My father, James Ellis Gordon, was born July 28, 1928 and lost his battle with lung cancer on October 17, 2008. He was the son of Ellis Duncan and Trella Mabel (Spear) Gordon. He worked at whatever jobs he could do from the time he was a young child. He was a hard worker and a born leader.

He served with the United States Army during the Korean Conflict, working his way up to Sergeant First Class within the first six months of enlisting. He had several close calls in Korea when he was hit by shrapnel, when his squad was pinned down by a sniper and he led them and a Captain to safety across an open field without any casualties and when he was overcome by carbon monoxide and nearly died while operating a piece of machinery that trans-ported bodies of U.S. soldiers off mountains. He earned the Bronze Star for Bravery for the sniper incident.

He had Post Traumatic Stress Disorder (PTSD), and he cried a lot in later years when he spoke about the war. It seems that what hurt him most was losing buddies he had met in Korea, hearing some of the younger guys in his squad cry and call for their mamas at night and seeing the Korean children left homeless and on their own after losing their parents during the war.

He was asked to stay in, attend Officers School and make a career of the Army, but he said that he felt like he had had enough, and he knew that my mother would never travel with him.

He returned home, married his longtime sweetheart (my mother) and started a family, raising four daughters. He worked six days a week, 12 hours a day while we were growing up.

He was a man of his word with unwaivering faith in God and flew the American flag every day with great pride.

He had a favorite cap that he wore that read "Korean War Veteran" with a few medals on it. He was out shopping one day when a teenage boy approached him and asked to shake his hand and told him that he just wanted to thank him for defending and serving our country. That young man made my dad so happy and proud. Right before the coffin was closed at my dad's funeral, that cap was placed carefully inside with him for eternity. He is so greatly loved and missed.

"Have You Forgotten"
Performed by
Daryl Worley

He was always a little man and a leader. He had to walk to and from a country school. When he was only about 8 or 9 years old, he and a younger brother were caught in a blizzard on their way home from school. His brother was only 2 years younger than my dad, but he was having a hard time being out in the elements. My dad made the decision to have his brother walk behind him so that he could take the brunt of the wind and snow and shield his brother. That's the way he was throughout his life. He could always be counted on to come up with a solution for any-thing.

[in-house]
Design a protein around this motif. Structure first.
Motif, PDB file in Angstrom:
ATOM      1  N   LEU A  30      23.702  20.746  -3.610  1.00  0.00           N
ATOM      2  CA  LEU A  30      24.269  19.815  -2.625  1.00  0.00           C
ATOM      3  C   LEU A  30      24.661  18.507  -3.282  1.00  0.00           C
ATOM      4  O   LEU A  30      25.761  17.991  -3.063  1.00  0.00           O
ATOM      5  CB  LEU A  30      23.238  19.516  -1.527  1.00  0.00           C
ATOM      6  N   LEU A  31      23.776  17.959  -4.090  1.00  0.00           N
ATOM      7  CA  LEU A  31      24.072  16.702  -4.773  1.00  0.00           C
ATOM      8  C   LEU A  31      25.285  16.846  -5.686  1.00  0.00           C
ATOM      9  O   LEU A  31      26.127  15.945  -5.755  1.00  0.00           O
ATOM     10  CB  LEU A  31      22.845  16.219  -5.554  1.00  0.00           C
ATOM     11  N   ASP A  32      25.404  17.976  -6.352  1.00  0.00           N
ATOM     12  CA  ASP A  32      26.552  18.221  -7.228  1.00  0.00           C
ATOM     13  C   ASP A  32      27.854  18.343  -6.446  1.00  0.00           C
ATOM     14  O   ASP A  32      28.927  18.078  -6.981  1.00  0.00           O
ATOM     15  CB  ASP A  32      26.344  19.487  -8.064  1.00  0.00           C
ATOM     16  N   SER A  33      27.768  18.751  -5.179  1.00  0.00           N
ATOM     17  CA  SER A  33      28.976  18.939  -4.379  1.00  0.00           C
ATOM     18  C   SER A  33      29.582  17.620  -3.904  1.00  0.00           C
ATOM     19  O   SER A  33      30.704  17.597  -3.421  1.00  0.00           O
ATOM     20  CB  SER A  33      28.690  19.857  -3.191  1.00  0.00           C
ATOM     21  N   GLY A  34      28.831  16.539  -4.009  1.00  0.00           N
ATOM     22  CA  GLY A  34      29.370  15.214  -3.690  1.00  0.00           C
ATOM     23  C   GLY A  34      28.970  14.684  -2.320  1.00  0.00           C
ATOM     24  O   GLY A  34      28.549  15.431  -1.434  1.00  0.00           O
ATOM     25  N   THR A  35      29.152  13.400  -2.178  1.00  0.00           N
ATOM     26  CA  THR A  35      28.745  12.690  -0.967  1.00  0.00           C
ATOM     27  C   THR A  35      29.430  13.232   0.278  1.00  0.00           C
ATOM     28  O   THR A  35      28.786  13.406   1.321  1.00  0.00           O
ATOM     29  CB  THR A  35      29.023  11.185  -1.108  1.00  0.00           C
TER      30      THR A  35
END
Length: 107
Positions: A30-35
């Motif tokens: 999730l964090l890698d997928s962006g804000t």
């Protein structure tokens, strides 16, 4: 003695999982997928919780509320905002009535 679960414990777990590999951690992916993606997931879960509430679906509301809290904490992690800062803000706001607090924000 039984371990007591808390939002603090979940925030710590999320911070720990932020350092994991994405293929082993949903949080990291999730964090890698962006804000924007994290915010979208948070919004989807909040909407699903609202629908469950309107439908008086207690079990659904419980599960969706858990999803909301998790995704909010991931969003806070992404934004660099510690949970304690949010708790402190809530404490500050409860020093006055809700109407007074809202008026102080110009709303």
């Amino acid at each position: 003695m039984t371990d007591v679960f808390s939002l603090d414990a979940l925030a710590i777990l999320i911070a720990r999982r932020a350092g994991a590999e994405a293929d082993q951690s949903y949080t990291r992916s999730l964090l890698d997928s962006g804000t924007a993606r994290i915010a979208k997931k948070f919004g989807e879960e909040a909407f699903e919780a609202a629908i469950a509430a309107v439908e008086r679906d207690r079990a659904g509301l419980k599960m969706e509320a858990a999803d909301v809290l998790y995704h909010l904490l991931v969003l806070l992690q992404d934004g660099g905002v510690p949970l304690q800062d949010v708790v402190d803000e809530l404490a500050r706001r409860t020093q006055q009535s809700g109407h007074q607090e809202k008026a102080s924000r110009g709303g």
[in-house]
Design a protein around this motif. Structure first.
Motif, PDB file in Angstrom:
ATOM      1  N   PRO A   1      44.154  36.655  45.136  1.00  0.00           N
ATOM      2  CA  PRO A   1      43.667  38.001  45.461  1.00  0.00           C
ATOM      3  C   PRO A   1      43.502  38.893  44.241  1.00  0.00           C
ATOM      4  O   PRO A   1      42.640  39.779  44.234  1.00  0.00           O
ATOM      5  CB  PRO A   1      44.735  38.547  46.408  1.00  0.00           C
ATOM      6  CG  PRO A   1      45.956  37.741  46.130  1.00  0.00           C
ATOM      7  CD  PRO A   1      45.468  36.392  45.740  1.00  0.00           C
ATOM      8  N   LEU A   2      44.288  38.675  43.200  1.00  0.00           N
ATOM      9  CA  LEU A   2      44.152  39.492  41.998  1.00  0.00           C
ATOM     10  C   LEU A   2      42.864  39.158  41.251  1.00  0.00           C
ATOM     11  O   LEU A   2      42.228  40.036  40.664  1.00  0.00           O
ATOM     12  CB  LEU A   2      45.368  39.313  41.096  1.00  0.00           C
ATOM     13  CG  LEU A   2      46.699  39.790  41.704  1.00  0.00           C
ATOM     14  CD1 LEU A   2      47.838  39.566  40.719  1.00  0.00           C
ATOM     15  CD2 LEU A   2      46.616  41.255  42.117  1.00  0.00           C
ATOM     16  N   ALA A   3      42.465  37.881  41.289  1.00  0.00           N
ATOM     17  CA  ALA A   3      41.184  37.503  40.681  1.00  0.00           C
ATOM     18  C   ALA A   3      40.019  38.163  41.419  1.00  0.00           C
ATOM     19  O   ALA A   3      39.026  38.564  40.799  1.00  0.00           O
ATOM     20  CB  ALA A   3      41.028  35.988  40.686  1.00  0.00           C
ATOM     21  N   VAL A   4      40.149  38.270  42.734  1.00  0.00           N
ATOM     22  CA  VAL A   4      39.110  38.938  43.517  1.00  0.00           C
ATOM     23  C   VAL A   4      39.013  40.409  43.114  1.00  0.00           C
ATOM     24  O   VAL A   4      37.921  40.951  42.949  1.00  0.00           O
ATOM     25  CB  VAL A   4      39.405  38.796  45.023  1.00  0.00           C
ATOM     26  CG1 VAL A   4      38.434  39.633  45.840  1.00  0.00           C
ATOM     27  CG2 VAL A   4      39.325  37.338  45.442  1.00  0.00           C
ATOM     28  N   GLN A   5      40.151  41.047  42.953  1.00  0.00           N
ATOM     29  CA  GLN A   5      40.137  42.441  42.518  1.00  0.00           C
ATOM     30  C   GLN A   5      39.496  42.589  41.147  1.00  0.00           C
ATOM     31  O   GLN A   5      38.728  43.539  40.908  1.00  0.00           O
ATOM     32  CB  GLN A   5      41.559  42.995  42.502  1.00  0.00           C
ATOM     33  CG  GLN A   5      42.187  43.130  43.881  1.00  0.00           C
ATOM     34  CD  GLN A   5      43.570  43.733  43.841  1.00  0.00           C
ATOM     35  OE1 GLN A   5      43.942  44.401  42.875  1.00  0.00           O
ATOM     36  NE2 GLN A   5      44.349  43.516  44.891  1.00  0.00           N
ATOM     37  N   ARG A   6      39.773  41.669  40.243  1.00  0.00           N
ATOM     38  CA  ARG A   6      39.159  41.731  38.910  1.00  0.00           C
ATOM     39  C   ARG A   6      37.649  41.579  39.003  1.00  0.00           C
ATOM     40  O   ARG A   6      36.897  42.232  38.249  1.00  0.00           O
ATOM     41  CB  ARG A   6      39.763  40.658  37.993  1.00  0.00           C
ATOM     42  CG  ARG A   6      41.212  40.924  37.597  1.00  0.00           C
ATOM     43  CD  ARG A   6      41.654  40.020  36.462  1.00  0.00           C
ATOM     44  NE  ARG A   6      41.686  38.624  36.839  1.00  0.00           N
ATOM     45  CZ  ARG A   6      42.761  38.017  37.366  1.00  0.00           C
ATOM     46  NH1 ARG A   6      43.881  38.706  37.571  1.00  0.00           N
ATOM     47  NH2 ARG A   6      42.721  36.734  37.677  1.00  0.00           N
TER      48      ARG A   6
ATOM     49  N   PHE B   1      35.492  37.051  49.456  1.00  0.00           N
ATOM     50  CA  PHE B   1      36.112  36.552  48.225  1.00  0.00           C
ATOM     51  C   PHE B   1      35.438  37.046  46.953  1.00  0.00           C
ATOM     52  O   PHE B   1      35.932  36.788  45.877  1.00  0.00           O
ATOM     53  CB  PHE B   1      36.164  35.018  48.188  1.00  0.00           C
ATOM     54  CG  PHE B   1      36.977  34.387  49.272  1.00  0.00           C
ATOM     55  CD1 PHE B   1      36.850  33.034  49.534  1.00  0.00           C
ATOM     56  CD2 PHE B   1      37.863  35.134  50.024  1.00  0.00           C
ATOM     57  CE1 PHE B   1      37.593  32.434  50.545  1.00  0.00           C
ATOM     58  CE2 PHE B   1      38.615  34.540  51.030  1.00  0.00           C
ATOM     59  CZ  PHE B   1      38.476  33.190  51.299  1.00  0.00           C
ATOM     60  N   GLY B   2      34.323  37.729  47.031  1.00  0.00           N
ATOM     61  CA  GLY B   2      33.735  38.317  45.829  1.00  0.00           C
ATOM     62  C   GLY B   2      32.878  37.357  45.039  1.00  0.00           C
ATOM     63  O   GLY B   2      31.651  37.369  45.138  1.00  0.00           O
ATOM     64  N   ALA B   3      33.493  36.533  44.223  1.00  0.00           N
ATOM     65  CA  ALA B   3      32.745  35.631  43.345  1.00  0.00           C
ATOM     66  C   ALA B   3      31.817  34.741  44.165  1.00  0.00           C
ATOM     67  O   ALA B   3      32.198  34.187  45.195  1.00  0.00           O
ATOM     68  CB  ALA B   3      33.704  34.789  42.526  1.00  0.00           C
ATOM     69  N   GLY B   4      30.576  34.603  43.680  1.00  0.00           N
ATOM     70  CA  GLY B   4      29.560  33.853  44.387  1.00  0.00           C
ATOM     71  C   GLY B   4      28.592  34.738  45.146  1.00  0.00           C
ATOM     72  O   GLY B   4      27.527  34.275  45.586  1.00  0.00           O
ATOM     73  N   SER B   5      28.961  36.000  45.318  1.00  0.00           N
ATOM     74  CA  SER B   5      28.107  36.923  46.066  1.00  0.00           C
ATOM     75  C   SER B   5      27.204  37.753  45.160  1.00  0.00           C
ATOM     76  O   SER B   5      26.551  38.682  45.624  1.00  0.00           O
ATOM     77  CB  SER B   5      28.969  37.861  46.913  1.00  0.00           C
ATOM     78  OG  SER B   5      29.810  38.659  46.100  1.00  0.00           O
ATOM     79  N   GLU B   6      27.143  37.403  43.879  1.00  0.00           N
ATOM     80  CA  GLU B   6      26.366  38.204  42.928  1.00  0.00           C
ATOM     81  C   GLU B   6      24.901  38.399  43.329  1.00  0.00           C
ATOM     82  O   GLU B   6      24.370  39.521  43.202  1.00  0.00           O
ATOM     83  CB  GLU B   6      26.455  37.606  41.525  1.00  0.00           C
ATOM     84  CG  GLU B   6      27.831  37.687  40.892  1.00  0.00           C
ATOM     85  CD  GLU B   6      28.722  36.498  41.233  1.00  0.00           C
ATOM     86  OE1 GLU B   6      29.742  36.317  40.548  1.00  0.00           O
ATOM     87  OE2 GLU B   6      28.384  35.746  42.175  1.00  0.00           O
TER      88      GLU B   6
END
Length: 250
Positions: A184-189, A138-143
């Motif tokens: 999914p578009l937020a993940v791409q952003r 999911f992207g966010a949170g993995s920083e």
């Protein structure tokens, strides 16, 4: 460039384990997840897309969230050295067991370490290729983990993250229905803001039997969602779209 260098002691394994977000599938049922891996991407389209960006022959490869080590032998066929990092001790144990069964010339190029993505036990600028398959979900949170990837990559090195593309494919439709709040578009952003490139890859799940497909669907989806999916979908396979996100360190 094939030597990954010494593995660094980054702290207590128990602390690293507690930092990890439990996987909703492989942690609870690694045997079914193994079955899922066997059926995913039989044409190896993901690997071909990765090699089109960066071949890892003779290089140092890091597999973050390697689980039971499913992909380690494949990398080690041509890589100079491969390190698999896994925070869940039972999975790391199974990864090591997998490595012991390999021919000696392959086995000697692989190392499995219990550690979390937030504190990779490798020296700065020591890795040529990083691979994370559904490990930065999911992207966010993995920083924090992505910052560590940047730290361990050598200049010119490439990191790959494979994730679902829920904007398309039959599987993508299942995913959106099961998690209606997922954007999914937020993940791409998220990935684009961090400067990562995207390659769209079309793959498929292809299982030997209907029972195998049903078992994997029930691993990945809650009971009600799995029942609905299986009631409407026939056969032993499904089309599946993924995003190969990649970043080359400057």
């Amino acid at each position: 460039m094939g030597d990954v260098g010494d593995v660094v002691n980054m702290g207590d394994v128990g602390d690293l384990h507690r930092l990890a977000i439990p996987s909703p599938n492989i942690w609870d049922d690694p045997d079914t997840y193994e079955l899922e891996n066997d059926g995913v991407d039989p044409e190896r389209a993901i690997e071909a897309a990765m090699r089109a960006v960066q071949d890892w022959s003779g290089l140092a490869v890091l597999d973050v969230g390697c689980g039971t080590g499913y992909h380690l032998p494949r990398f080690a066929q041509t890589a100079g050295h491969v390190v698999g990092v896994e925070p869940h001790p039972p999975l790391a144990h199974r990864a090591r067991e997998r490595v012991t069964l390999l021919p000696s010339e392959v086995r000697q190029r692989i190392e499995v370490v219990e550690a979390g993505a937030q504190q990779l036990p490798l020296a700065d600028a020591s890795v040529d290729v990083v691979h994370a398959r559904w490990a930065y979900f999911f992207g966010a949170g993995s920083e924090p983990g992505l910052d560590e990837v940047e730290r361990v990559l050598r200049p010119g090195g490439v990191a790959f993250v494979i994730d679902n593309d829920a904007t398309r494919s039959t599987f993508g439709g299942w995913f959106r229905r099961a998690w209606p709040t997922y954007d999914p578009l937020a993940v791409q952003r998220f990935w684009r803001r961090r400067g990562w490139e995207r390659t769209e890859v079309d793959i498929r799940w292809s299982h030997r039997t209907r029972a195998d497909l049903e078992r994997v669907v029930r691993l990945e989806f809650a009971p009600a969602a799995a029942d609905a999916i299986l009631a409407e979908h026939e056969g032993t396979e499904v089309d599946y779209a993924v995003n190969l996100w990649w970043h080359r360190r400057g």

He told the story about someone giving him a little pig one time. Since he had the chore of milking, he decided to give his pig a large quantity of the milk. This went on for a while, and his dad thought something was wrong with their cow. This con-tinued for a while until his dad finally caught on to what was going on. But my dad said that he had the fattest pig around and got quite a bit of money when he sold it.

He also told about how some women put cream in fruit jars, and the kids would sit on the floor and roll the jar back and forth to each other to make butter.

My dad had 4 sisters and 3 brothers. He had an older sister, and he was the next oldest of the kids. One of his sisters says that even when he was just a boy, if his mother was unable to cook for some reason, my dad would pitch in and do the cooking--making homemade biscuits and the works. Sometimes his dad was bedridden with sciatic rheumatism. Grandma told me that she would tell my dad that he should go in and entertain his dad, so my dad would go into the bedroom and dance up a storm--much to the delight of his dad. They worshipped the ground each other walked on

"...And the eagle will fly, and it's gonna be hell when you hear Mother Freedom start ringin' her bell, and it'll feel like the whole wide world is rainin' down on you. Brought to you courtesy of the red, white and blue."

"We Will Never Forget"
In remembrance of the victims of 9/11
including the heroes who took one plane
down in the Pennsylvania field and the
loved ones left behind
My dad flew the American flag every day
He was so patriotic. He loved life, he loved
his family and he loved this country

The music video above is called "Old Country," performed by Mark Chestnutt. It has always re-minded me of the courtship of my parents. They started dating when she was 15 and he was 18. They married 4 years later and were married 56 years at the time of his death. He took care of her for the last 10 years of his life because she has Alzheimer's Disease. He did all the cooking, etc. up until he got too sick. I went and stayed 3 months taking care of them before his death.
"Orange Blossom Special"
Performed by Roy Clark
My dad's favorite song
The following music video is "Old Rattler" by Grandpa Jones. My dad, my step-grandfather and my uncle were all coon hunters, and we listened to a lot of coon hunting songs growing up. The coon hunters and wives spent many winter  nights around our kitchen table drinking coffee, bickering and bragging about who had the best dog or who had caught the most coons.

This is the case my dad made to display his military medals, dog tags, etc. in.
James Ellis Gordon
July 8, 1928 - October 17, 2008
(Taken 4 months prior to his death)

"An Irish Blessing"
Performed by Roma Downey
This was played at the funeral as people filed out and our family got to be alone to say our final goodbyes.